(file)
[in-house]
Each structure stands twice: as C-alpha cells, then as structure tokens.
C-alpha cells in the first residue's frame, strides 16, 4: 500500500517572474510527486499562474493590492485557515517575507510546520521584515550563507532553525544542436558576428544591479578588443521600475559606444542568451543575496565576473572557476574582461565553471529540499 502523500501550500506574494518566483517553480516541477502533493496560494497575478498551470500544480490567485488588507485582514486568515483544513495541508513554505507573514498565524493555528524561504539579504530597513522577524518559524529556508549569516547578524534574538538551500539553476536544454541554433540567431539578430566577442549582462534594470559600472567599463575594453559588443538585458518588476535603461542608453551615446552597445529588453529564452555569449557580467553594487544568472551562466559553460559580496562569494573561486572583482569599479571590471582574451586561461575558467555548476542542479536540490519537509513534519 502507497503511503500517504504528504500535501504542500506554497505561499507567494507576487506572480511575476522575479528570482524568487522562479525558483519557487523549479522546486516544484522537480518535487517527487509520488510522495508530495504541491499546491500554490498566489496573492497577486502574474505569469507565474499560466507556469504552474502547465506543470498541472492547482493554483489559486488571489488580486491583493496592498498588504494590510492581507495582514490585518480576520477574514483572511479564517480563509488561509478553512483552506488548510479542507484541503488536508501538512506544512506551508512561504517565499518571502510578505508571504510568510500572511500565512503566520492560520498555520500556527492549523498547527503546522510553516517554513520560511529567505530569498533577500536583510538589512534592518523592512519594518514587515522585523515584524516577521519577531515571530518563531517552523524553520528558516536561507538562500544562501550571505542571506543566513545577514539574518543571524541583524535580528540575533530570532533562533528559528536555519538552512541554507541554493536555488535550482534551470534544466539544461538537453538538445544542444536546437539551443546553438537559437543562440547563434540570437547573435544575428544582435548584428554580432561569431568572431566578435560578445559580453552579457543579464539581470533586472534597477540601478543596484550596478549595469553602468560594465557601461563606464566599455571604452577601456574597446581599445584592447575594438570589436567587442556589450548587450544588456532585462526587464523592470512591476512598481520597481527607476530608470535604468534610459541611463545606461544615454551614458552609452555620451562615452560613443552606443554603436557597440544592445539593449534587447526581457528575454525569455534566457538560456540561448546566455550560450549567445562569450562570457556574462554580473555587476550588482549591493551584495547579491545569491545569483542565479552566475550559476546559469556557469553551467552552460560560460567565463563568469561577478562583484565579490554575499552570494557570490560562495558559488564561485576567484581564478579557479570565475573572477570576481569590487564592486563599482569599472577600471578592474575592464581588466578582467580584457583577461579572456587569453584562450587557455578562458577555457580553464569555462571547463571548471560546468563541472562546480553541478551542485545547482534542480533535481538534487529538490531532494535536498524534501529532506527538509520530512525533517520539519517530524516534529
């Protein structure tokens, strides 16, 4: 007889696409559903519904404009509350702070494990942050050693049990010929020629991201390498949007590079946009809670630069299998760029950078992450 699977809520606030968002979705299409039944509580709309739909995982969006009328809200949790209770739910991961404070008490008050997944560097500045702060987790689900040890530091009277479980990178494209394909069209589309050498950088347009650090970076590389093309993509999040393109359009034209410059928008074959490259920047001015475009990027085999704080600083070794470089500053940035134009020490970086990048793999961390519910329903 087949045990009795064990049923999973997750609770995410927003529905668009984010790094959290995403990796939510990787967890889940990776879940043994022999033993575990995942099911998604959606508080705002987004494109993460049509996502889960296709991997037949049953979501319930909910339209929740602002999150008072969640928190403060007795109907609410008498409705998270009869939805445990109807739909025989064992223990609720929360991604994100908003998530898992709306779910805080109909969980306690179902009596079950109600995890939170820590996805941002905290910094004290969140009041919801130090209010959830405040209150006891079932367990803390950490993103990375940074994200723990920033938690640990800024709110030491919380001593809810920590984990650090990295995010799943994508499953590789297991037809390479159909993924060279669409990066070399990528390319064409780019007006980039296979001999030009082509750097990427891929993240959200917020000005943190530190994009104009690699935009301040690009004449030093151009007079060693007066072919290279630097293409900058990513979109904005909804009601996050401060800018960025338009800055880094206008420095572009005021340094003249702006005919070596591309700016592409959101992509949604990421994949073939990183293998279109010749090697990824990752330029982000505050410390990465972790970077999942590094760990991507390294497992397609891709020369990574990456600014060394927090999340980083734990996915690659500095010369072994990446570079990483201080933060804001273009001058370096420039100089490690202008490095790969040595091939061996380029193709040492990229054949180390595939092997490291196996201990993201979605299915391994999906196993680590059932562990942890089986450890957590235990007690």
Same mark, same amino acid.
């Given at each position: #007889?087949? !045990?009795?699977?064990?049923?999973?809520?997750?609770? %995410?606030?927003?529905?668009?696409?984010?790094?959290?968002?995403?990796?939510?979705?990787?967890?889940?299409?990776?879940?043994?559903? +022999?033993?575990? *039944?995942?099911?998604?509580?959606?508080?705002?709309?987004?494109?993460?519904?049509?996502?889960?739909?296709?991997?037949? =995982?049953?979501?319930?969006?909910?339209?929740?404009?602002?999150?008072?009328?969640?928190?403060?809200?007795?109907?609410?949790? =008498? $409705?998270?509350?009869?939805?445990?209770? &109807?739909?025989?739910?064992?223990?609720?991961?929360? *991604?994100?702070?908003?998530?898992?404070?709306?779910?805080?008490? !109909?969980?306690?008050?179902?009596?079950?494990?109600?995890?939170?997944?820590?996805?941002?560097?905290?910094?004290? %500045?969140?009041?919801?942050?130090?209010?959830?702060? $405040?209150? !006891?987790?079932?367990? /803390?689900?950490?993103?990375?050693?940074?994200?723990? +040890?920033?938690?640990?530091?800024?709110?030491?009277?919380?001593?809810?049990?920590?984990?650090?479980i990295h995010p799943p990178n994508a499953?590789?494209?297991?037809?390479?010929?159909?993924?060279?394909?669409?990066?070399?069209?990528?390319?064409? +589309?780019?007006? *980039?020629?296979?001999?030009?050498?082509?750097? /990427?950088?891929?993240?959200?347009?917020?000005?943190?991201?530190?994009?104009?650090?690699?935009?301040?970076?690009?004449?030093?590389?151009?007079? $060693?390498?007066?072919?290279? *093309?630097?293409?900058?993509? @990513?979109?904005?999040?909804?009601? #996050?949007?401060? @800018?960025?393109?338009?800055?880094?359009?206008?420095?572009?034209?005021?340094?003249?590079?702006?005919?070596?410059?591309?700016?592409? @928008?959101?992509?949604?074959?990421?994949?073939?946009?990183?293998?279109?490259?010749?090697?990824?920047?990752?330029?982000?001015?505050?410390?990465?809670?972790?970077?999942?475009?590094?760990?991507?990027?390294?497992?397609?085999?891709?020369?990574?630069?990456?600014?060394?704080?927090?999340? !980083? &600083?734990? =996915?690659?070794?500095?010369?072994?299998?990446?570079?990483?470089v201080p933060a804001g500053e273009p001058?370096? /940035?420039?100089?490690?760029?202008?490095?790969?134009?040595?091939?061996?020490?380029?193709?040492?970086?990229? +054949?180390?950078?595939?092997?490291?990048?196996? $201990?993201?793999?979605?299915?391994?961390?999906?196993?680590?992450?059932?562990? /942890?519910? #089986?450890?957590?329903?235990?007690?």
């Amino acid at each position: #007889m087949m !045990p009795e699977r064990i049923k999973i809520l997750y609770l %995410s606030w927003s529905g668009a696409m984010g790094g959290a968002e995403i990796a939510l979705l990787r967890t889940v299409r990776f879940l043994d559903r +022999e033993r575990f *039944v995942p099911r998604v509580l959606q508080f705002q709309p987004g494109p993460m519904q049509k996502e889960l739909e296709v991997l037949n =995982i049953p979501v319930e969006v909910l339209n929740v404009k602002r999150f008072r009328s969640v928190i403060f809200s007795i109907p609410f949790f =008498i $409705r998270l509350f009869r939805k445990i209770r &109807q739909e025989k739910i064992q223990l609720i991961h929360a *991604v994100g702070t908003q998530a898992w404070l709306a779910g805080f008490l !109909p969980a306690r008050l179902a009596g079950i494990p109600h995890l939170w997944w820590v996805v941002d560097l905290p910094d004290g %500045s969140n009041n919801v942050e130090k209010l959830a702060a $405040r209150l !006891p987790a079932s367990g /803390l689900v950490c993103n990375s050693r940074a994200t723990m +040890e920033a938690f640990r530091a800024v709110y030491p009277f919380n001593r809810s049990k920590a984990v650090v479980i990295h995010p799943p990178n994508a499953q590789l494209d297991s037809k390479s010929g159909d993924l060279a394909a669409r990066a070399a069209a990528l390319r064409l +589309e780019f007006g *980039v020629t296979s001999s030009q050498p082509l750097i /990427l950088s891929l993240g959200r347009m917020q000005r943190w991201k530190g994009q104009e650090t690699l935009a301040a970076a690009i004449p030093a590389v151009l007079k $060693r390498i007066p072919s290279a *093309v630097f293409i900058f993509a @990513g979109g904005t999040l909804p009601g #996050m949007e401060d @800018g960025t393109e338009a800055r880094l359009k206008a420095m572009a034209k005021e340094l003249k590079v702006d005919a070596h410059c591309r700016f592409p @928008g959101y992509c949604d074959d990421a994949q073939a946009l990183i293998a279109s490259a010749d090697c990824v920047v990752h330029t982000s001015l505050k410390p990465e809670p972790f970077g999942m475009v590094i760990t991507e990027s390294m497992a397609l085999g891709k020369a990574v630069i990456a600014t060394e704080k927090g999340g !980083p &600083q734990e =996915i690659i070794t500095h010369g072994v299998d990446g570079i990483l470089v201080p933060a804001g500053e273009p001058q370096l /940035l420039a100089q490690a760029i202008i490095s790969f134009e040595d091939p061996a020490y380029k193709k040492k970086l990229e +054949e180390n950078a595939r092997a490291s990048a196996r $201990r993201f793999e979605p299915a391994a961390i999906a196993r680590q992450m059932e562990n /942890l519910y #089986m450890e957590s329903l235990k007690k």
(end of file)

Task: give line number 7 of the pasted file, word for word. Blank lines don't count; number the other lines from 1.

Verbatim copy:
């Amino acid at each position: #007889m087949m !045990p009795e699977r064990i049923k999973i809520l997750y609770l %995410s606030w927003s529905g668009a696409m984010g790094g959290a968002e995403i990796a939510l979705l990787r967890t889940v299409r990776f879940l043994d559903r +022999e033993r575990f *039944v995942p099911r998604v509580l959606q508080f705002q709309p987004g494109p993460m519904q049509k996502e889960l739909e296709v991997l037949n =995982i049953p979501v319930e969006v909910l339209n929740v404009k602002r999150f008072r009328s969640v928190i403060f809200s007795i109907p609410f949790f =008498i $409705r998270l509350f009869r939805k445990i209770r &109807q739909e025989k739910i064992q223990l609720i991961h929360a *991604v994100g702070t908003q998530a898992w404070l709306a779910g805080f008490l !109909p969980a306690r008050l179902a009596g079950i494990p109600h995890l939170w997944w820590v996805v941002d560097l905290p910094d004290g %500045s969140n009041n919801v942050e130090k209010l959830a702060a $405040r209150l !006891p987790a079932s367990g /803390l689900v950490c993103n990375s050693r940074a994200t723990m +040890e920033a938690f640990r530091a800024v709110y030491p009277f919380n001593r809810s049990k920590a984990v650090v479980i990295h995010p799943p990178n994508a499953q590789l494209d297991s037809k390479s010929g159909d993924l060279a394909a669409r990066a070399a069209a990528l390319r064409l +589309e780019f007006g *980039v020629t296979s001999s030009q050498p082509l750097i /990427l950088s891929l993240g959200r347009m917020q000005r943190w991201k530190g994009q104009e650090t690699l935009a301040a970076a690009i004449p030093a590389v151009l007079k $060693r390498i007066p072919s290279a *093309v630097f293409i900058f993509a @990513g979109g904005t999040l909804p009601g #996050m949007e401060d @800018g960025t393109e338009a800055r880094l359009k206008a420095m572009a034209k005021e340094l003249k590079v702006d005919a070596h410059c591309r700016f592409p @928008g959101y992509c949604d074959d990421a994949q073939a946009l990183i293998a279109s490259a010749d090697c990824v920047v990752h330029t982000s001015l505050k410390p990465e809670p972790f970077g999942m475009v590094i760990t991507e990027s390294m497992a397609l085999g891709k020369a990574v630069i990456a600014t060394e704080k927090g999340g !980083p &600083q734990e =996915i690659i070794t500095h010369g072994v299998d990446g570079i990483l470089v201080p933060a804001g500053e273009p001058q370096l /940035l420039a100089q490690a760029i202008i490095s790969f134009e040595d091939p061996a020490y380029k193709k040492k970086l990229e +054949e180390n950078a595939r092997a490291s990048a196996r $201990r993201f793999e979605p299915a391994a961390i999906a196993r680590q992450m059932e562990n /942890l519910y #089986m450890e957590s329903l235990k007690k």